SINGAPORE - Shopkeepers who take smartphone pictures of customers for promotional reasons will not need their consent, following a U-turn by the authorities.
The idea was proposed by the Personal Data Protection Commission but has now been dropped after businesses said it could cause them too much trouble.
On Tuesday, the commission explained the move, saying camera phones are now widely available and their use can be "reasonably expected". It has advised firms to put up notices informing customers that photographs might be taken.
The U-turn was contained in guidelines released on Tuesday that spell out firms' obligations under the new Personal Data Protection Act.
Thirty five businesses - including The Straits Times' parent company, Singapore Press Holdings - gave feedback earlier this year on how it can be applied.
The guidelines also make it clear that owners of buildings such as malls do not need people's consent to record security camera footage - even though the images are considered personal data.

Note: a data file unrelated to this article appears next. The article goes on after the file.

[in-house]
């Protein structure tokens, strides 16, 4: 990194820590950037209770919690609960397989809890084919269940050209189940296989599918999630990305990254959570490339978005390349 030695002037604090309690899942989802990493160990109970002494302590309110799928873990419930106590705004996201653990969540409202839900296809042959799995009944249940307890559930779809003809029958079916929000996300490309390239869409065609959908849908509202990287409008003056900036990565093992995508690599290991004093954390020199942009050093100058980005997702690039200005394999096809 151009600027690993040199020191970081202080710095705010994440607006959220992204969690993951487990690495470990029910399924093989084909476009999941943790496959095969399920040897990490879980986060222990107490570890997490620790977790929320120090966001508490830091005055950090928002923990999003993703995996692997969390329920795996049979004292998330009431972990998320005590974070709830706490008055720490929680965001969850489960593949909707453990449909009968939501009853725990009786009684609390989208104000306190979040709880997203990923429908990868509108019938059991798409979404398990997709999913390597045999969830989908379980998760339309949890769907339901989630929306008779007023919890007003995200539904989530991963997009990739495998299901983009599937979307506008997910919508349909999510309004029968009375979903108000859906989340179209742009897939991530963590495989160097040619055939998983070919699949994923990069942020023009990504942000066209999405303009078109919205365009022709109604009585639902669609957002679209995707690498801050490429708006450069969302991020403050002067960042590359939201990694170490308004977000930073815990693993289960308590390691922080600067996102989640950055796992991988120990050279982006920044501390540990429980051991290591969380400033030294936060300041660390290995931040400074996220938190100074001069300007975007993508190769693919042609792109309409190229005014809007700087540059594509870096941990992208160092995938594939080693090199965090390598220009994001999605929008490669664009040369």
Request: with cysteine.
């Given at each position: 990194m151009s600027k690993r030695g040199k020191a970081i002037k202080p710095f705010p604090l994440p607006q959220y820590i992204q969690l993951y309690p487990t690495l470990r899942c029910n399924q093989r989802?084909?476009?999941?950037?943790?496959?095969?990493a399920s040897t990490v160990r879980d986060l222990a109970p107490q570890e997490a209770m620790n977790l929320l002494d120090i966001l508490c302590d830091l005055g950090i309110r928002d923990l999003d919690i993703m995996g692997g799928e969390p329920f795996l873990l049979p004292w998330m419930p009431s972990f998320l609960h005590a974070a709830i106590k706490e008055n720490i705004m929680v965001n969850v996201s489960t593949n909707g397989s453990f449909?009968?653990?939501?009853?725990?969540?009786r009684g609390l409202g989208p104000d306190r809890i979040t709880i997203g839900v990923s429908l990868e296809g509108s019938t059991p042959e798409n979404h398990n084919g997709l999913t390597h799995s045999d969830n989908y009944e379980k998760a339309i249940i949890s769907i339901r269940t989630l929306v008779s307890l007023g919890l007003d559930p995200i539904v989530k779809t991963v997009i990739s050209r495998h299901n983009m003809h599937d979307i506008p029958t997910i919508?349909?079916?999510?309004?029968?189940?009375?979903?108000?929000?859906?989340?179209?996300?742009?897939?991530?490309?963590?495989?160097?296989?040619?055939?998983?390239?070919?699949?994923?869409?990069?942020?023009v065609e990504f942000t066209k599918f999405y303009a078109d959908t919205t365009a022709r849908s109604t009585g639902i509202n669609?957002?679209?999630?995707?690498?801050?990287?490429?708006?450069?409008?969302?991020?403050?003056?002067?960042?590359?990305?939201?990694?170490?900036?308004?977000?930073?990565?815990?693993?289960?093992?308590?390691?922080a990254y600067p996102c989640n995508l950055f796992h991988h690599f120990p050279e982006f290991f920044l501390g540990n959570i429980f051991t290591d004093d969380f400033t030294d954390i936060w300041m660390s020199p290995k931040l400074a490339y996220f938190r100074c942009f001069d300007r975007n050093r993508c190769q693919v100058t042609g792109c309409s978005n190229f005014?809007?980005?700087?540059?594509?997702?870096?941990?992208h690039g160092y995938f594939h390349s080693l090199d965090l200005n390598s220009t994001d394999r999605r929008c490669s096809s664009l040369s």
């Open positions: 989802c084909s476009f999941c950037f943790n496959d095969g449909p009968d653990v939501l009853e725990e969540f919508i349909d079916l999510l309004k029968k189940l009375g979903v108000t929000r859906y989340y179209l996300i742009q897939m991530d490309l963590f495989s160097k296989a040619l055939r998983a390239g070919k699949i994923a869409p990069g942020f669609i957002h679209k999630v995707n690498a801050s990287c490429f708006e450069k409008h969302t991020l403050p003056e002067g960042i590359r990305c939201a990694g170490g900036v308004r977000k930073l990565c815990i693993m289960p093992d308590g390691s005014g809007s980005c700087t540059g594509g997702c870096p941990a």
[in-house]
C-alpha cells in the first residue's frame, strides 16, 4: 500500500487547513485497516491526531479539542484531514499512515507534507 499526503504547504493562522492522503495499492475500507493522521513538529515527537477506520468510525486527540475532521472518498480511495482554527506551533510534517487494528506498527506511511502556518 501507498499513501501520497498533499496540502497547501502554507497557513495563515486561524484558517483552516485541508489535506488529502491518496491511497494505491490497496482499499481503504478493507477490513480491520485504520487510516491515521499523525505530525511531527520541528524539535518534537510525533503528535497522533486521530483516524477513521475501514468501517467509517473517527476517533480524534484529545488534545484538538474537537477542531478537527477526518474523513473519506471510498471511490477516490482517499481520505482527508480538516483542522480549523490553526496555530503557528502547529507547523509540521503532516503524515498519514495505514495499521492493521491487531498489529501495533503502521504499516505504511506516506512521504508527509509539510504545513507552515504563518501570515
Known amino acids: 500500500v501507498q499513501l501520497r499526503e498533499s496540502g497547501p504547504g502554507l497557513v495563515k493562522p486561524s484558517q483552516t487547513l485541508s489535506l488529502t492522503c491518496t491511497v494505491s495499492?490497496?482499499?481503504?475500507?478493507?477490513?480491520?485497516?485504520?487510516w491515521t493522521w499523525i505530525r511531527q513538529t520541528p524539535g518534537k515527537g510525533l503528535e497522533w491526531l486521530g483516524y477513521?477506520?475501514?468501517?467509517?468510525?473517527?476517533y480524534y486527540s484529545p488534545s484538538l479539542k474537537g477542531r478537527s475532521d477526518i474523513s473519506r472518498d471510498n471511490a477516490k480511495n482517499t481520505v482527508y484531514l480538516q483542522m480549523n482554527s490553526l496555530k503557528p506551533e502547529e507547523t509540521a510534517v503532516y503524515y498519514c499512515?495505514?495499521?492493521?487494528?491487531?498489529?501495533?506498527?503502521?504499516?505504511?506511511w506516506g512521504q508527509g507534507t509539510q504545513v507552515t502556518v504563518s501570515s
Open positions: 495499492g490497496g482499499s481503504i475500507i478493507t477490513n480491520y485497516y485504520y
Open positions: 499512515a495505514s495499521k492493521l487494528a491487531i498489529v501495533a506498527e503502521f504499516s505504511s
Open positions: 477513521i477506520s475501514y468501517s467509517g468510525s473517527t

The Association of Banks in Singapore and American Express International, for instance, were of the view that video images are publicly available personal data and explicit consent from individuals should not be required.
The Personal Data Protection Act is designed to prevent people's information from being stolen or indiscriminately collected for marketing purposes.
It has been in effect since Jan 2, but will not be enforced until next year as the Government wants to gather more industry feedback on the finer details. One issue still being considered is whether organisations will be barred from collecting personal data from children aged under 14 without their parents' prior consent.
This rule would affect nearly all social media sites operating in Singapore, including Facebook and Twitter. The commission is expected to clarify its stand on the issue in another set of guidelines to be issued at a later date.
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